Some methods will be significantly costlier than others. Yet the Authority did not eliminate any option solely on cost, according to the report. Rather, it is opting to design the whole San Jose to San Francisco corridor and then estimate the costs for each segment.

The Authority warned that the most costly of alternatives may not be feasible. If every segment of the line was built with the most expensive method, the cost for the whole route could be four to five times more expensive than what has been estimated.

"Such high-cost alternatives would be impractical," the report stated.

The alternatives will now be analyzed with greater scrutiny for their potential environmental impacts and engineering feasibility. That environmental impact study is expected to be completed by December 2010.

In addition to analyzing design options, the state agency also confirmed that it is still considering whether to build a mid-Peninsula station. If so, Palo Alto, Mountain View and Redwood City are all possibilities.

The California High-Speed rail Authority board voted 7-1 to accept the Alternatives Analysis, with Quentin Kopp dissenting and Vice Chair Tom Umberg absent. Kopp said that he wanted to see more discussion on options for the Transbay Terminal in San Francisco.

View the report.

Staff Writer Gennady Sheyner contributed to this report.

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Like this comment
Posted by Alan Miller
a resident of Atherton: other
on Apr 9, 2010 at 1:01 pm

When will we see an investment-grade ridership study or a believable business plan? Federal funds will not even come close to matching the drain on the state budget.

Like this comment
Posted by Alice
a resident of another community
on Apr 9, 2010 at 1:15 pm

There is no mention of the impact on Peninsula schools. Are they ignoring that education is in crisis and this will create more problems? Have they studied noise and vibration around schools?

Why arent's they considering a route through more open spaces instead of congested one?

Their pictures show trains running through open areas. That is very misleading

Like this comment
Posted by R.GORDON
a resident of another community
on Apr 9, 2010 at 5:32 pm

R.GORDON is a registered user.

Whenever anything of controvery pops up, IMMEDIATELY the "children" are brought in along with the school system.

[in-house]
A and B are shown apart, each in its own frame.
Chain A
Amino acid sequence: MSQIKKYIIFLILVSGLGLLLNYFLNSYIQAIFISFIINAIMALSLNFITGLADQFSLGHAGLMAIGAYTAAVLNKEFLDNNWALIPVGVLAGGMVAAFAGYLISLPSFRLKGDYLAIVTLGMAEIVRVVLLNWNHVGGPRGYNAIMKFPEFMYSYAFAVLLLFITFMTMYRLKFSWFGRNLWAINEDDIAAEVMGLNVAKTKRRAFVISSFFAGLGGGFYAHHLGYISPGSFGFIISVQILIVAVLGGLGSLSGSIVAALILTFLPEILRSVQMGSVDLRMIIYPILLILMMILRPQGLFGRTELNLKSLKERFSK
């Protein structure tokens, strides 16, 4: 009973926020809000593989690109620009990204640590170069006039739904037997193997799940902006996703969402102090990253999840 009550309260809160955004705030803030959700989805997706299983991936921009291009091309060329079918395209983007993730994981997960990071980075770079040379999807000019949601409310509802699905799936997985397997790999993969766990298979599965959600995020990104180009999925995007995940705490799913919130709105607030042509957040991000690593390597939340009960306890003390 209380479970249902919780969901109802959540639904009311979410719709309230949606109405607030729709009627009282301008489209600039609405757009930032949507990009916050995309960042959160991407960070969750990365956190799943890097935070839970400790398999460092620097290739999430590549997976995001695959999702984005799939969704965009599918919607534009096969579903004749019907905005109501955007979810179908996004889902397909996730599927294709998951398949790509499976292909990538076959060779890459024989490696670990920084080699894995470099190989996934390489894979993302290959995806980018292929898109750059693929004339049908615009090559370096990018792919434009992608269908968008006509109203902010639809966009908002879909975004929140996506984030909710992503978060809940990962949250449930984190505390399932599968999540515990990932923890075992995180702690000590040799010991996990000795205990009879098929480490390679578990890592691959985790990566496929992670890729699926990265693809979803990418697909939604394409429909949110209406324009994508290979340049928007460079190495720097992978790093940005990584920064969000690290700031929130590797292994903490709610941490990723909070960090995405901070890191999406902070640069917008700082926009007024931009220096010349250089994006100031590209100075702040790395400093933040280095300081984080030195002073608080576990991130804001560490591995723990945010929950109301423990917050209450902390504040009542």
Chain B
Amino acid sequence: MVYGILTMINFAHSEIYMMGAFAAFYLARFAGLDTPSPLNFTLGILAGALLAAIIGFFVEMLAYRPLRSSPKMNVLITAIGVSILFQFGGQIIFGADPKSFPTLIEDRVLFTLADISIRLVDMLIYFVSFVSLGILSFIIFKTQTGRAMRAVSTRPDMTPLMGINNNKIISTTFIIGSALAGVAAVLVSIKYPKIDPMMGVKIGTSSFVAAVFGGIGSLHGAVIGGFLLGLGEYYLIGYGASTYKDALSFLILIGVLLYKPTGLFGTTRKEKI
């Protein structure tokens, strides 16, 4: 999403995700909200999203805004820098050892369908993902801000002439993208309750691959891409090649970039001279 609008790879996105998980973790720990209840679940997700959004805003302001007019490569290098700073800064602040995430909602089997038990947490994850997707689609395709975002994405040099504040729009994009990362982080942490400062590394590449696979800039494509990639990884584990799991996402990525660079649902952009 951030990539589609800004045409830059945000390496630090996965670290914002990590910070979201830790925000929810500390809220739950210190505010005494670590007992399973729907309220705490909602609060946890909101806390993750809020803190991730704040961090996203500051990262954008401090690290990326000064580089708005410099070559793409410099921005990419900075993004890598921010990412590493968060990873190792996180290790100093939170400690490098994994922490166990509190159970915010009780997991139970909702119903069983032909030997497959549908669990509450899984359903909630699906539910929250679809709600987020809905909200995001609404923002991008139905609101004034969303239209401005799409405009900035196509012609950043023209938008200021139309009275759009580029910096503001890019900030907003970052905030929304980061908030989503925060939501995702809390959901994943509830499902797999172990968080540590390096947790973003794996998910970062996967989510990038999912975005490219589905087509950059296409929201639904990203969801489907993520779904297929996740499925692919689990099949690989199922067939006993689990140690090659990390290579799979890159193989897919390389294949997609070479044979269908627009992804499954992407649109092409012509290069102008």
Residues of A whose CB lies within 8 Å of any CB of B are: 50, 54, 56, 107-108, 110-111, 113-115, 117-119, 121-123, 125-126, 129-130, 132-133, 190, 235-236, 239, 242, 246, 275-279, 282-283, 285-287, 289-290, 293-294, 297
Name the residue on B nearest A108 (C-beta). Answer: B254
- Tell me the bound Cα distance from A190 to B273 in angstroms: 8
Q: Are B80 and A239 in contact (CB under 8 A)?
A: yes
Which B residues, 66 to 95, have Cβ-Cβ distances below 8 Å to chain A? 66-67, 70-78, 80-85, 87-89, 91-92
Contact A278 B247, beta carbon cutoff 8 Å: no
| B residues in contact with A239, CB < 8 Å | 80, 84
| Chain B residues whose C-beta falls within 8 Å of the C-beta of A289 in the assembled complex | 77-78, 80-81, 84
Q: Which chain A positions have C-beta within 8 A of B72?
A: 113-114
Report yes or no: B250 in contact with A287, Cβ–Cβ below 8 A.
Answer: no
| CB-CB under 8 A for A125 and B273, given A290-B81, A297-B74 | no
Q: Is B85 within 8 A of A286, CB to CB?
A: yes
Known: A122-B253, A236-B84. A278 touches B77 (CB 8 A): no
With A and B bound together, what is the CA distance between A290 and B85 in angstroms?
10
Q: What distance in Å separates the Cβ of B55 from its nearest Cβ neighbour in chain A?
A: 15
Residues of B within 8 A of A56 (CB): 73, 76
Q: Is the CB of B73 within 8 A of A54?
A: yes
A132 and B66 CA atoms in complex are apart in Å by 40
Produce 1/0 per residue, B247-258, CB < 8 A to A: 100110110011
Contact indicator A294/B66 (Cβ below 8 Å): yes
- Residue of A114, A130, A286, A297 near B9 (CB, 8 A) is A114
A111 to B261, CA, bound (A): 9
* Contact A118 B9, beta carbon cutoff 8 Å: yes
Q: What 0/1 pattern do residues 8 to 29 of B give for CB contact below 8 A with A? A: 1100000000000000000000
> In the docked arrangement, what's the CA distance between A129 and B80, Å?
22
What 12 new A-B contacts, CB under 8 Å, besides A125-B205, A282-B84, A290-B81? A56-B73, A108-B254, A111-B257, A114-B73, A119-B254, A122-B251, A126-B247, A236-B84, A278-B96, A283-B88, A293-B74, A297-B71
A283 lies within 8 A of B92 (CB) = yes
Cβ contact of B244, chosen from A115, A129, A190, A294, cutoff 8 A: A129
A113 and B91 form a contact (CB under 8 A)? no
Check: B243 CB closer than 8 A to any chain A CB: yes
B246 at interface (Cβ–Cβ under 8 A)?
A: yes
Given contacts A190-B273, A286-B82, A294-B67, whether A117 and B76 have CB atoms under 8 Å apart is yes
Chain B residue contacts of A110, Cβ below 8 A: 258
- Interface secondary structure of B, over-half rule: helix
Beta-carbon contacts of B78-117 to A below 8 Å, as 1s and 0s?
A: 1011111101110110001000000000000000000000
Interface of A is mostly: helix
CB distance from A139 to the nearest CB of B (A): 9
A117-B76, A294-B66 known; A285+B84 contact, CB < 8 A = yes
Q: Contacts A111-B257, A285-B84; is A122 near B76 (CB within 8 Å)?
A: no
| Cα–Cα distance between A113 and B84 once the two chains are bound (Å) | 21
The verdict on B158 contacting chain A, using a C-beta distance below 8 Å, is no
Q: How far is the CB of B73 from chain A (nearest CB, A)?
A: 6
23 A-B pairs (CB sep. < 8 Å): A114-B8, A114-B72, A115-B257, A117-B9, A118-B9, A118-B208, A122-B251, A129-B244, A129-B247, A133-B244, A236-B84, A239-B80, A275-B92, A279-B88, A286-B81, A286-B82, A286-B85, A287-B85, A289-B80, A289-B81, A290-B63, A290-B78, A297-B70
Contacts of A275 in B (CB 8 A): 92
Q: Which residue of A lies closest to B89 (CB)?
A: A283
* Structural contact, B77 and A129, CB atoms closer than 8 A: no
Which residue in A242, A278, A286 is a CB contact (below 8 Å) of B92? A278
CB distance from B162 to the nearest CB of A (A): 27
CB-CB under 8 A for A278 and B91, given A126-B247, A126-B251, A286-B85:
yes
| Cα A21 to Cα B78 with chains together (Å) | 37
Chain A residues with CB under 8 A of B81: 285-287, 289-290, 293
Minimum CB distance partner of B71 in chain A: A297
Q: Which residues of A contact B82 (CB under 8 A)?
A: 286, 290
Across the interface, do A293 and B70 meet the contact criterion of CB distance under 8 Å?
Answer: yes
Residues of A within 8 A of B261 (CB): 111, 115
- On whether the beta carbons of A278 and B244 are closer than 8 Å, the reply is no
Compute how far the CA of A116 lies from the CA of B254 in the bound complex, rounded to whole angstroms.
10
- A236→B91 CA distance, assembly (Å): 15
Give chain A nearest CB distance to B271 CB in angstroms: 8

Who do you think you are fooling?
Keep it clean, brief and smart.
There IS going to be a HSR coming through some of your lawns whether you think you are above it or not.
Live with it.
I would prefer it be to those who are the most well off, and, at this time, not in a position to do any graft and corruption because of the STATE OF THE STATE.....Few of you speak of the plusses it will bring to California's future. This is more important that the trains were in the move West not that long ago.
Learn to live with less money and land. I have in several cases and I can even say I suspect you have. One or two million dollars less in your private bank accounts will not hurt your standards.
It is disgraceful to see how different most of you who are "NOUVEAU" fail to respect the fact that California is a great state and one must make sacrifices for having to give up certain selfish things.
I have never seen such bad behaviour from a fifty mile radius of San Francisco. Have some style like Steve Jobs, who, while almost dying, conducted himself with dignity in Woodside when its citizenry was on his ass while he concentrated on work and lived in a dump of a house because he was forced to.
Grow up and stop thinking you have wounds to lick..........YET.

Like this comment
Posted by Menlo Voter
a resident of Menlo Park: other
on Apr 9, 2010 at 5:38 pm

Mr Gordon:

please enlighten us unwashed "nouveau" as to the "benefits" of this boondoggle. It won't have the ridership projected, it will cost a lot more than estimated and will end up having to be subsidized by the tax payers. Where's the benefit other than for those who would rather ride a train than fly?

Like this comment
Posted by Alice
a resident of another community
on Apr 9, 2010 at 6:30 pm

I wonder what Mr. Gordon has against children? Perhaps this attitude is the reason education in California is in crisis?

Like this comment
Posted by R.GORDON
a resident of another community
on Apr 10, 2010 at 8:42 am

R.GORDON is a registered user.

My interests ARE for the children and THEIR children.
All of you have no respect for the evolvement which will affect mostly them.........It is YOU who has no interest in the children and their futures. Such fragile pomposity and fake concern is what most of you show when you throw the baby in the wash.